Republicans in generations past understood this, and have thus long demanded that the supply, import and export of money be brought under popular control. This, along with sovereignty over our natural resources and other key wealth-producing processes of national concern, would provide a true measure of freedom for every man, woman and child in this country. A proposal for as much, for a ‘sovereign money initiative’, could reopen this conversation and is something to be considered going forward.

The 1916 Societies are opportunely positioned to bring such notions to the fore of political debate in Ireland, where they belong. To effect the process of change in this country involves raising the awareness of the people and it is here, at this point, where we can contribute towards that end, despite our limited political strength. With that in mind, our contribution might be to help forward the idea, empowering the conversation first and foremost by engaging with it ourselves. From there the concept of ‘sovereign money’ can hopefully find its way into the public consciousness, in time becoming a reality upon the achievement of the Irish Republic.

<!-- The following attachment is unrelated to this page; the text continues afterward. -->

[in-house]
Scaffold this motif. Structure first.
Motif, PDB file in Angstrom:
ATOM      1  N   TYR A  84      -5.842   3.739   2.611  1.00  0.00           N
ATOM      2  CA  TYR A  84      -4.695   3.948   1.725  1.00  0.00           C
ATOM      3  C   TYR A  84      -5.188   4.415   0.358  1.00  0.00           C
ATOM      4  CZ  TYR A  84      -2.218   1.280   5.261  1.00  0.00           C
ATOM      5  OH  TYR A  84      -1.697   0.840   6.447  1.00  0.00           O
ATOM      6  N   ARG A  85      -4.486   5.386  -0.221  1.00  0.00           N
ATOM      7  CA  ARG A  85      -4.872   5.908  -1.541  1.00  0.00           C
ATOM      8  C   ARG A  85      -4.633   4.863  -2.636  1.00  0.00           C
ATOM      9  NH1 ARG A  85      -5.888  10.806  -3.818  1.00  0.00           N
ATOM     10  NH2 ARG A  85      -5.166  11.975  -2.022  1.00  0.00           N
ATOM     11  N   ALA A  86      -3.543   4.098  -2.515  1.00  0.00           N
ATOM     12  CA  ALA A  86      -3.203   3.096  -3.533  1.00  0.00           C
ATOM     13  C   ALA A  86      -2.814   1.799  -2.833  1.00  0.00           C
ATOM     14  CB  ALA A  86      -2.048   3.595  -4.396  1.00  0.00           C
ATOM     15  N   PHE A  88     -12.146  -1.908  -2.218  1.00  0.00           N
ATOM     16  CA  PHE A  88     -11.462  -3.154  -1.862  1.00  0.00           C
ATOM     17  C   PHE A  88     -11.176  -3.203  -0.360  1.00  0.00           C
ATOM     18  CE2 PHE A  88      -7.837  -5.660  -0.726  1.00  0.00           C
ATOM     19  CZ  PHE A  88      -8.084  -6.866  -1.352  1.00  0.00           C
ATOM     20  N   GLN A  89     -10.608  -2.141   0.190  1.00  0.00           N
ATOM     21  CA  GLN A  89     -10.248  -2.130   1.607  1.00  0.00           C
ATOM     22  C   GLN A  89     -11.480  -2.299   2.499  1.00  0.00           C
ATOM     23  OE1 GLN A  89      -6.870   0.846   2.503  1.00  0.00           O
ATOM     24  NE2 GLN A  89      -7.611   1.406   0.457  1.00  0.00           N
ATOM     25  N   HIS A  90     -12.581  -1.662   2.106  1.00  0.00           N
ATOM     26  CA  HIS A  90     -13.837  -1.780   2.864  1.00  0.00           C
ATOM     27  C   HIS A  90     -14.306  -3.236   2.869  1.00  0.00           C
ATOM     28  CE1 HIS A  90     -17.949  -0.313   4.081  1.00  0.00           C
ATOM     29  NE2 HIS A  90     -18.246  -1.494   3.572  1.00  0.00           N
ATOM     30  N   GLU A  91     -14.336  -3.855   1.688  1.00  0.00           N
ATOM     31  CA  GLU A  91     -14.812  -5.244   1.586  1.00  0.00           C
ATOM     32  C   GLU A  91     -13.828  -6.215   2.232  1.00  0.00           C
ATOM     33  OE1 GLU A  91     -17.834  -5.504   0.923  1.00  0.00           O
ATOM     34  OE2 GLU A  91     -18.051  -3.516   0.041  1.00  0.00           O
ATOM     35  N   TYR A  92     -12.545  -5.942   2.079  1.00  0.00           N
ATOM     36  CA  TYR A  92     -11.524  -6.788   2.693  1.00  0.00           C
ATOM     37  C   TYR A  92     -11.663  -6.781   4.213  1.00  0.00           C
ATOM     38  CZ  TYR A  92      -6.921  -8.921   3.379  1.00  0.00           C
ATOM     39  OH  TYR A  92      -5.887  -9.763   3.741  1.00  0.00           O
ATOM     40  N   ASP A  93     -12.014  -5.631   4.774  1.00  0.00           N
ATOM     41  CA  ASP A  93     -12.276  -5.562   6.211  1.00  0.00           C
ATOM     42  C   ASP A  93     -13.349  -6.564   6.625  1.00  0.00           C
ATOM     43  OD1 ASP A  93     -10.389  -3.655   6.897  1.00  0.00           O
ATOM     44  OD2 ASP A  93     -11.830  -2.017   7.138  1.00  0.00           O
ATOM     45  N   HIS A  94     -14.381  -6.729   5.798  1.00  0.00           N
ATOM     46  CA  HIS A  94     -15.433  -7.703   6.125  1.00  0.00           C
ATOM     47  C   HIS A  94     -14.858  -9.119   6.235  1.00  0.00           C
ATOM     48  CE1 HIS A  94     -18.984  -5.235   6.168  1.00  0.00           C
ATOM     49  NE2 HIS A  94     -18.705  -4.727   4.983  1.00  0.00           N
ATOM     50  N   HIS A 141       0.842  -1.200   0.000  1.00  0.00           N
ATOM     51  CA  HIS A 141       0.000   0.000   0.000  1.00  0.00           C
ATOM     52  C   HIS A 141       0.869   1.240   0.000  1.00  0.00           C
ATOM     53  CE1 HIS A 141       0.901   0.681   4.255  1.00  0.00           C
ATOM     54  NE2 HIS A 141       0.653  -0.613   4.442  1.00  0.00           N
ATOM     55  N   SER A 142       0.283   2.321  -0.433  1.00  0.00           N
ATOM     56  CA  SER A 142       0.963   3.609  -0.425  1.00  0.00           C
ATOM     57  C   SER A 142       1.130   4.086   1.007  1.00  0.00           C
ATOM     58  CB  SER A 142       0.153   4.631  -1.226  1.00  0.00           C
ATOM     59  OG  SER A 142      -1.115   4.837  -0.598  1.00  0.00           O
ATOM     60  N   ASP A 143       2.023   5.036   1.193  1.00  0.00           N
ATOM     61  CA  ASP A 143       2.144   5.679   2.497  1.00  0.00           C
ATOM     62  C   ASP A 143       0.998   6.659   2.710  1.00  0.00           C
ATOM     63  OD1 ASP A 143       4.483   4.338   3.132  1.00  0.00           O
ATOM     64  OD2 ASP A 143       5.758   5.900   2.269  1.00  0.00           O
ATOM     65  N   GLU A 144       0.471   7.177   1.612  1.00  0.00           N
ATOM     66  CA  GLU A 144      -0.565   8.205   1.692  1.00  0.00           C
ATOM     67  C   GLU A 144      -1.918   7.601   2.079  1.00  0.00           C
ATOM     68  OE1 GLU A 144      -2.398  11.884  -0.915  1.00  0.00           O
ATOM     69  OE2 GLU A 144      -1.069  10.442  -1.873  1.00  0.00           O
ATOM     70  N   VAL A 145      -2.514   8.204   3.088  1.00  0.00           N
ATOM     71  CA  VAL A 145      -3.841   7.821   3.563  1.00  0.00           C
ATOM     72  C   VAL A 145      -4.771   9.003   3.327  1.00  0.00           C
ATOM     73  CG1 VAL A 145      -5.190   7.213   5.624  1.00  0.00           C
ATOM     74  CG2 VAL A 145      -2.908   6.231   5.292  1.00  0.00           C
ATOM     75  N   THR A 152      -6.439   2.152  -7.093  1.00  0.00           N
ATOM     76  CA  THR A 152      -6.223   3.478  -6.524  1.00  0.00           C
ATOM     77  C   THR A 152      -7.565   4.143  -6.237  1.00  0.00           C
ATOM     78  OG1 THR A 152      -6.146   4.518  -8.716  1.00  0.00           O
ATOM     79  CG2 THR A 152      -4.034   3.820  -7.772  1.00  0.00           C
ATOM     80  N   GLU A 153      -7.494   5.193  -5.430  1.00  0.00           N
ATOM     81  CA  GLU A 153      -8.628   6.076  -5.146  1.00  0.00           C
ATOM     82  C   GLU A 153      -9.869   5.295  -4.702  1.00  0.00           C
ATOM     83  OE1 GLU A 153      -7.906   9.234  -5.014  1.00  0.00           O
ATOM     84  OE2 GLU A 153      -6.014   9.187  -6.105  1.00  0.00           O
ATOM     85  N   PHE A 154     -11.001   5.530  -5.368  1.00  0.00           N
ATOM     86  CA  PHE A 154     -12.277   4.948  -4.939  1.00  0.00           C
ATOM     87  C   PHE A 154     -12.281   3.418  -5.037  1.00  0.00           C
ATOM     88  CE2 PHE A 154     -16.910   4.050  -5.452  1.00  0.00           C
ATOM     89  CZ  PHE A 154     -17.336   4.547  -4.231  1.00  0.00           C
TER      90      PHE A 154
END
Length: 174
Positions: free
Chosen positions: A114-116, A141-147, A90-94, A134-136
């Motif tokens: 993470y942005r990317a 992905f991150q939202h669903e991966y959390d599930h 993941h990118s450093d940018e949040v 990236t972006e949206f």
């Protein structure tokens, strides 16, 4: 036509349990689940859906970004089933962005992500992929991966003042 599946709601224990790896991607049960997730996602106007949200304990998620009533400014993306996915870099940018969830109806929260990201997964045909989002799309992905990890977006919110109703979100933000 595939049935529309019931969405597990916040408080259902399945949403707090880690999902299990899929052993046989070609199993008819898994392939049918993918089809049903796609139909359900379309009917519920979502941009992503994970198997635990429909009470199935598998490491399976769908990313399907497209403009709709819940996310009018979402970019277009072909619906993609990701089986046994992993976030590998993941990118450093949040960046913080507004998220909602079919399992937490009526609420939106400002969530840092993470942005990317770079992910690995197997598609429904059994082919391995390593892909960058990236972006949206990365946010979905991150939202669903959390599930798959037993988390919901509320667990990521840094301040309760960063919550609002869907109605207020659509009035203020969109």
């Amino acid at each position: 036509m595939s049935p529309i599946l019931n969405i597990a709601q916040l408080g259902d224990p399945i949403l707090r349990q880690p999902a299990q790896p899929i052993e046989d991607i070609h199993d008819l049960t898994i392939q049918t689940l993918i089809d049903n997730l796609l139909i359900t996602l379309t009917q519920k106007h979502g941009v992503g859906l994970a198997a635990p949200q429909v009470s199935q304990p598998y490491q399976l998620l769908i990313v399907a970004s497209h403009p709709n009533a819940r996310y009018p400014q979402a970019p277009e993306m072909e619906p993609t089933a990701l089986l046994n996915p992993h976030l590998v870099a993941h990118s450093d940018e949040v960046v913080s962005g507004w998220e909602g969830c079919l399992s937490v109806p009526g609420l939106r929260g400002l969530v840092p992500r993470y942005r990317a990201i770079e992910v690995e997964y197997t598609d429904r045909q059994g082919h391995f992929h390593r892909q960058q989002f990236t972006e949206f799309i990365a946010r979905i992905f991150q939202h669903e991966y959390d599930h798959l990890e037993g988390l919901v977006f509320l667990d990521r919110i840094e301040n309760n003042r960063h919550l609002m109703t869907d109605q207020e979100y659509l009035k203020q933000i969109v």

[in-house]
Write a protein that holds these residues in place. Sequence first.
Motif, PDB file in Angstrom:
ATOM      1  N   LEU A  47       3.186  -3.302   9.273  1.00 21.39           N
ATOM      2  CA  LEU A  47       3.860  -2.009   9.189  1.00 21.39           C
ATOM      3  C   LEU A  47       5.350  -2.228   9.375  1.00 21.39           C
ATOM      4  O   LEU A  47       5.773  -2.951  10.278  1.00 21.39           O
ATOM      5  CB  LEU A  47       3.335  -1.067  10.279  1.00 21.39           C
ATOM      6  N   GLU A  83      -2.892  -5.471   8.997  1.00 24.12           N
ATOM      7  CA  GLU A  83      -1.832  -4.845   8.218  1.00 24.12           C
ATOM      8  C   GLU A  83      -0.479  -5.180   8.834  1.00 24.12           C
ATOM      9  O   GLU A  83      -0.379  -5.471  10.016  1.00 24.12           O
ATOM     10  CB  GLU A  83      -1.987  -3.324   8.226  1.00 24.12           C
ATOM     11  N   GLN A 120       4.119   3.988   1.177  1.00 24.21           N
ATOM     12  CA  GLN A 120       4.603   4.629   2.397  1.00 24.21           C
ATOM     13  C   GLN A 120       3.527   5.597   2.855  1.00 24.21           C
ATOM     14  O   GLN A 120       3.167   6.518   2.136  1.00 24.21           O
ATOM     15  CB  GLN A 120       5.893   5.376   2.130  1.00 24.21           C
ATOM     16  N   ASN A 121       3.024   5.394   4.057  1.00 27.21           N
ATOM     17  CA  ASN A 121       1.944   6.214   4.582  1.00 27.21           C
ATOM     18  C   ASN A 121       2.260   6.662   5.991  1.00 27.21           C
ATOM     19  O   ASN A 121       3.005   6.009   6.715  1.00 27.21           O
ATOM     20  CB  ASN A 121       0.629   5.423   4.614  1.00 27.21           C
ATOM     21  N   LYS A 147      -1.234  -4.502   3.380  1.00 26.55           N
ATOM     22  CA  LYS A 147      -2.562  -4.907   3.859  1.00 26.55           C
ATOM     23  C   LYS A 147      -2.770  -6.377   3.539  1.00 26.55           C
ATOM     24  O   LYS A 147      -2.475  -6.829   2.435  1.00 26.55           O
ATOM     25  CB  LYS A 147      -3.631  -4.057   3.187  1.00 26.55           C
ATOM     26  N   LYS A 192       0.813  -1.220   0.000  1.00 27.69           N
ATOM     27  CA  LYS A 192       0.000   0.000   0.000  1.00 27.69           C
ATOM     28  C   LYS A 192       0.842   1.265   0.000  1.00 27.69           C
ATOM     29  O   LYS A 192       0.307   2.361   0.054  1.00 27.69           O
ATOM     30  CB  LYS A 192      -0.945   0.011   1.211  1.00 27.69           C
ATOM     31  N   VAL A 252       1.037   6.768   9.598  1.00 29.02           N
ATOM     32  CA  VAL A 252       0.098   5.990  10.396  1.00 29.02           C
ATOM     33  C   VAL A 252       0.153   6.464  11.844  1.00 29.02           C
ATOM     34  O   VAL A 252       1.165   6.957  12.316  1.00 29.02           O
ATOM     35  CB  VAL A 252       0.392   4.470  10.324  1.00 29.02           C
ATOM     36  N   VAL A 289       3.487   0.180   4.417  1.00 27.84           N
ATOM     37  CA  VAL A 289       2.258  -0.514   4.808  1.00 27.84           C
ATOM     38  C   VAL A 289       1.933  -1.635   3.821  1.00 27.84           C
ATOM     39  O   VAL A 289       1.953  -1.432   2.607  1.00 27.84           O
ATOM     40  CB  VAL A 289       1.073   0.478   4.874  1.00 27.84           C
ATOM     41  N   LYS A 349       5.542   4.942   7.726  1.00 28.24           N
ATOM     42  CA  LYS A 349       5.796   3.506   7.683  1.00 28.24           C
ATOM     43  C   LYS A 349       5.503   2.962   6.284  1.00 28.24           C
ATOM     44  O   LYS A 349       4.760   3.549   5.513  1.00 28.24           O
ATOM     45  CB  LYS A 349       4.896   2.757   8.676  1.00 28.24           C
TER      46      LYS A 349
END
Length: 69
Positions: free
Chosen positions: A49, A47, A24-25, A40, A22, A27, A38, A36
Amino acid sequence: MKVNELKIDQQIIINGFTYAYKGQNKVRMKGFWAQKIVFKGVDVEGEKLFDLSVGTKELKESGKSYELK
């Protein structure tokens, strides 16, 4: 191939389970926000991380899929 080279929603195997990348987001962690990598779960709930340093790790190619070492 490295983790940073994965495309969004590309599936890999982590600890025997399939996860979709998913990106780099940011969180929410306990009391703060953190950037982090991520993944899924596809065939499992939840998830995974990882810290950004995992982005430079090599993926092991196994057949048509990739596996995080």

1. If a bank or other lending institution has £10 of my money it can lend out £100 on the strength of that deposit – £90 of which does not in fact exist. The bank then demands £110 on final payment, effectively creating £100 out of thin air,

    "The bank hath benefit of interest on all moneys which it creates out of nothing."

    William Paterson, founder of the Bank of England in 1694, then a privately owned bank....
    "Let me issue and control a nation's money and I care not who writes the laws."

    Mayer Amschel Rothschild (1744-1812), founder of the House of Rothschild.